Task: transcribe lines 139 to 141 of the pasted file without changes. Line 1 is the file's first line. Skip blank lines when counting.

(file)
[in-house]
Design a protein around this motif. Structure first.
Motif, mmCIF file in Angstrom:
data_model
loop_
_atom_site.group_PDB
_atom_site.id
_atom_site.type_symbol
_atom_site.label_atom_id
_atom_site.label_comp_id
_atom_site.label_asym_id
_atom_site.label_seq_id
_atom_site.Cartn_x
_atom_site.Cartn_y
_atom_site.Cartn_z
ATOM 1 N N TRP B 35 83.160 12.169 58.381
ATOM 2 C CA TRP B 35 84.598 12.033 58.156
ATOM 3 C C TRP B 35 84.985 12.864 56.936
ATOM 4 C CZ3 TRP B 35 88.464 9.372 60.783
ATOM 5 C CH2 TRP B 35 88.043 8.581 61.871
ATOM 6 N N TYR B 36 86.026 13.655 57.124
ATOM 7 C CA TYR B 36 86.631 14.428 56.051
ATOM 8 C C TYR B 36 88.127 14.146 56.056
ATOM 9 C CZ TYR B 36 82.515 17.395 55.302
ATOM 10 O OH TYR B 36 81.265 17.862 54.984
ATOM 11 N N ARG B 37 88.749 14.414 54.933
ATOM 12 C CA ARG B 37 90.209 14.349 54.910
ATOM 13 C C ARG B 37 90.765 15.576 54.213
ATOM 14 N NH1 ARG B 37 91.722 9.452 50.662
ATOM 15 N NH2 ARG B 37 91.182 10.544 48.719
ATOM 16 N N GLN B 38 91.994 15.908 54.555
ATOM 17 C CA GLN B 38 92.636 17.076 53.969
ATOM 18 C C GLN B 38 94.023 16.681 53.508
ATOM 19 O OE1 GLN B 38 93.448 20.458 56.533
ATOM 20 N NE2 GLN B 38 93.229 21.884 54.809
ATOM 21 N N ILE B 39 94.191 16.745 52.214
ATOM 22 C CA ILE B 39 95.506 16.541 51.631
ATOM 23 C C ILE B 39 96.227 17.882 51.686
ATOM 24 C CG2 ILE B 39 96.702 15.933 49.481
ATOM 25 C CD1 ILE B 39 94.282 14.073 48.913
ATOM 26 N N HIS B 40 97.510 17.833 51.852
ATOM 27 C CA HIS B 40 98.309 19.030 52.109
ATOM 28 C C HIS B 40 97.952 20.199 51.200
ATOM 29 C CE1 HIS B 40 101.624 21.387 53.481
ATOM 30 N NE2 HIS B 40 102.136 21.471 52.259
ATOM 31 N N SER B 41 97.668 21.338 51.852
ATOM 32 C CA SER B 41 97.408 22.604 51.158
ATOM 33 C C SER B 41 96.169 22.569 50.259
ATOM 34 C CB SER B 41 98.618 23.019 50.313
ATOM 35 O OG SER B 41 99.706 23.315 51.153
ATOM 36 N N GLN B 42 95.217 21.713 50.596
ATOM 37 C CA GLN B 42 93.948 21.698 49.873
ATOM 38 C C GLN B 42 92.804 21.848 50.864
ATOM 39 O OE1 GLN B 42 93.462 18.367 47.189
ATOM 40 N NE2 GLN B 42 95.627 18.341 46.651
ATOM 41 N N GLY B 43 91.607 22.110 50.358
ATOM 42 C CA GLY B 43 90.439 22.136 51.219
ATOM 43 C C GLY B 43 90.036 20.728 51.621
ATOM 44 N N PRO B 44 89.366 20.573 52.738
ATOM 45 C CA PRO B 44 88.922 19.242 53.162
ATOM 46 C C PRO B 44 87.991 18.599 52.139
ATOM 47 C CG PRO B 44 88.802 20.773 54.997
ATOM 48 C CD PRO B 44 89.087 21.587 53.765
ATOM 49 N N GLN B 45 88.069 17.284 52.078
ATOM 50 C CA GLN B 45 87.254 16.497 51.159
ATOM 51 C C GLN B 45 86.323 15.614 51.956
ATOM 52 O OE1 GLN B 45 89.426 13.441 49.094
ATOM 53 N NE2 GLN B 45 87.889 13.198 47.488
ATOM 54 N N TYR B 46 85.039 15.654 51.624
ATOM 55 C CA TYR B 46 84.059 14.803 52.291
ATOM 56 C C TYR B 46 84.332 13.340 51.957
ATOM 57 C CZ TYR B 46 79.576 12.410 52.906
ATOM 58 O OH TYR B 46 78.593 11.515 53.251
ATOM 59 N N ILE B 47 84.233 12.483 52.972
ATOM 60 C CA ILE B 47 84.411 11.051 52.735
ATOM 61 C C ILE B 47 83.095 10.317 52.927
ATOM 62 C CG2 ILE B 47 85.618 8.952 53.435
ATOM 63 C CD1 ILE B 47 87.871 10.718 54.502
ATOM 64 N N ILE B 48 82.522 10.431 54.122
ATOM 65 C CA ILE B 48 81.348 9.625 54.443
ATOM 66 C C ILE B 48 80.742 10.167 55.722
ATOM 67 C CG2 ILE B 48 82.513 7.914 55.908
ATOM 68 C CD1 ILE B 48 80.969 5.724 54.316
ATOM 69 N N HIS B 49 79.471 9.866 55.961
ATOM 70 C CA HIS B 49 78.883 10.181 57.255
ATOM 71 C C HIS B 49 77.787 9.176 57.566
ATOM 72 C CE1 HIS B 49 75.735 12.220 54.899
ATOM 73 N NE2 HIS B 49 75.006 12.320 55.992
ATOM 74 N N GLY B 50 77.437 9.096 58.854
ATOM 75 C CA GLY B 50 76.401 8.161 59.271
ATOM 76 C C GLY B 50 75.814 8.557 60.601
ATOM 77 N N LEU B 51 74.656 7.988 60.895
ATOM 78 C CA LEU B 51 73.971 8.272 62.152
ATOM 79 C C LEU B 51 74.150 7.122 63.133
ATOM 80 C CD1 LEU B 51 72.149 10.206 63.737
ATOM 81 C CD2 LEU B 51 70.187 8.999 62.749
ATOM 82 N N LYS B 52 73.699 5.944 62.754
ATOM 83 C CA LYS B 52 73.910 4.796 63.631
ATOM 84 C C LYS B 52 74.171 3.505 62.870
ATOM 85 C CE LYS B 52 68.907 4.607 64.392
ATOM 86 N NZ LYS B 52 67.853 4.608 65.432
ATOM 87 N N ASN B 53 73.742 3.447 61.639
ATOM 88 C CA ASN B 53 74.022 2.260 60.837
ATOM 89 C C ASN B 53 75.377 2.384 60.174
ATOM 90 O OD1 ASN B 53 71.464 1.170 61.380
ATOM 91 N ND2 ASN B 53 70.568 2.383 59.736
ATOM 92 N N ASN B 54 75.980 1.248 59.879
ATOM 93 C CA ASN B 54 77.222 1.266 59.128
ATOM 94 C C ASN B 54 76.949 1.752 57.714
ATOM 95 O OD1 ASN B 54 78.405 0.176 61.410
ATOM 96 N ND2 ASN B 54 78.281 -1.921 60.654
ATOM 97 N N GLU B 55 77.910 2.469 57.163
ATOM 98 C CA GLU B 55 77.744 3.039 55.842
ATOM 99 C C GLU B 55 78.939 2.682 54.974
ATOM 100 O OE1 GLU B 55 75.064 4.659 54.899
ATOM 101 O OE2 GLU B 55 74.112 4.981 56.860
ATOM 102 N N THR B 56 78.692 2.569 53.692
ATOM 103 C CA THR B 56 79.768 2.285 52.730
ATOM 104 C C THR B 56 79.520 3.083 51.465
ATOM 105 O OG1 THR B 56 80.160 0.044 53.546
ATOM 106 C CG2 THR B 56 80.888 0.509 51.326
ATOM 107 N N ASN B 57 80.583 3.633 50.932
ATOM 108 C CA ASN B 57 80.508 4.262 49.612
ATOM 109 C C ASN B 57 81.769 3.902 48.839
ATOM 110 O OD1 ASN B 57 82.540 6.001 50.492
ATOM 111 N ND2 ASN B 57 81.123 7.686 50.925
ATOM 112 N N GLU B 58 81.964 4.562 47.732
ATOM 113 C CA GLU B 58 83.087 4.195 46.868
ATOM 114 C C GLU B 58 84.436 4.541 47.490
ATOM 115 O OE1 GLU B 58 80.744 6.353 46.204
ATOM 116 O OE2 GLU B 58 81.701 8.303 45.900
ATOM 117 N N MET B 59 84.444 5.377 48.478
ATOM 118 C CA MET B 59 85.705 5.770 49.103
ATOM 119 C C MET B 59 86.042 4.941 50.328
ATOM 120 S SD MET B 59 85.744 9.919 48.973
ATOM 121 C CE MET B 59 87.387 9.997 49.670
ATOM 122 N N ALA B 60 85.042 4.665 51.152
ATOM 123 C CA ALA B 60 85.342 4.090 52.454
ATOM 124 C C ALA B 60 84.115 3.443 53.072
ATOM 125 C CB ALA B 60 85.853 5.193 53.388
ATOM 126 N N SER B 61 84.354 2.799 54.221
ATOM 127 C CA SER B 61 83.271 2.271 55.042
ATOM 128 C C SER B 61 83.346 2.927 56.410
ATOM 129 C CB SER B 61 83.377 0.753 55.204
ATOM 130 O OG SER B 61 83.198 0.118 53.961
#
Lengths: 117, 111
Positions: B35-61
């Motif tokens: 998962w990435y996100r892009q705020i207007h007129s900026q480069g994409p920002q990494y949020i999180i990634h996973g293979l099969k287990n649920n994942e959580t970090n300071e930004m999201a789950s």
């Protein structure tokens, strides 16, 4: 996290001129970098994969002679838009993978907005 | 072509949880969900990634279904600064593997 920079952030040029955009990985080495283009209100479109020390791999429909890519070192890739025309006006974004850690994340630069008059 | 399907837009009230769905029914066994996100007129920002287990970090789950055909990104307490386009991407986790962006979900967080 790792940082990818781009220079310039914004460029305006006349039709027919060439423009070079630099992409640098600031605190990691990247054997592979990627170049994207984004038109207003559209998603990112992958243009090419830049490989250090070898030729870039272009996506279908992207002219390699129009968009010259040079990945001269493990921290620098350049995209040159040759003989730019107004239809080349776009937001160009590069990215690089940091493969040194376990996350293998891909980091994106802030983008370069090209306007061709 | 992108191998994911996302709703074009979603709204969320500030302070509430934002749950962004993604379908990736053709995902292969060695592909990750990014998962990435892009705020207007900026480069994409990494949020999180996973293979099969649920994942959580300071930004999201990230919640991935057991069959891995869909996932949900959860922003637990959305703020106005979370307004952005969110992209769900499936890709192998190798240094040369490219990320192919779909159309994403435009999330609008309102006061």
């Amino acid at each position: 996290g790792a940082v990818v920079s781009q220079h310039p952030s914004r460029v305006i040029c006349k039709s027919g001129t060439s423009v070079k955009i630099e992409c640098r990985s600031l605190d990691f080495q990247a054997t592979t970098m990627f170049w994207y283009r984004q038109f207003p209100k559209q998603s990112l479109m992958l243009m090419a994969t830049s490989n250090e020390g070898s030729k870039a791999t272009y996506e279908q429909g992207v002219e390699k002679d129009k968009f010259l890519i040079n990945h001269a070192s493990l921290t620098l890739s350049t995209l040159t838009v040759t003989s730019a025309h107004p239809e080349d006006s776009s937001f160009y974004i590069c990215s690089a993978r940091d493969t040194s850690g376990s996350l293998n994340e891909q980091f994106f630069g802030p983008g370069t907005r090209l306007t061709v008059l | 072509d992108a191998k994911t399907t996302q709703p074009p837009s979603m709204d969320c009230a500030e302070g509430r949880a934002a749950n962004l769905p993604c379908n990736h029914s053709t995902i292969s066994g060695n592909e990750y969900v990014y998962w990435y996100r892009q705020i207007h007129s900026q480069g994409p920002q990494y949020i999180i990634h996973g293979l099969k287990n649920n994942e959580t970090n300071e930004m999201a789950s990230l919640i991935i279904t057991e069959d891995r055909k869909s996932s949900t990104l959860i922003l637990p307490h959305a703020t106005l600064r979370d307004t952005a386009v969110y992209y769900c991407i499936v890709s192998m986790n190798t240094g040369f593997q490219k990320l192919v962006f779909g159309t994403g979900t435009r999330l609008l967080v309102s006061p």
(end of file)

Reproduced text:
ATOM 124 C C ALA B 60 84.115 3.443 53.072
ATOM 125 C CB ALA B 60 85.853 5.193 53.388
ATOM 126 N N SER B 61 84.354 2.799 54.221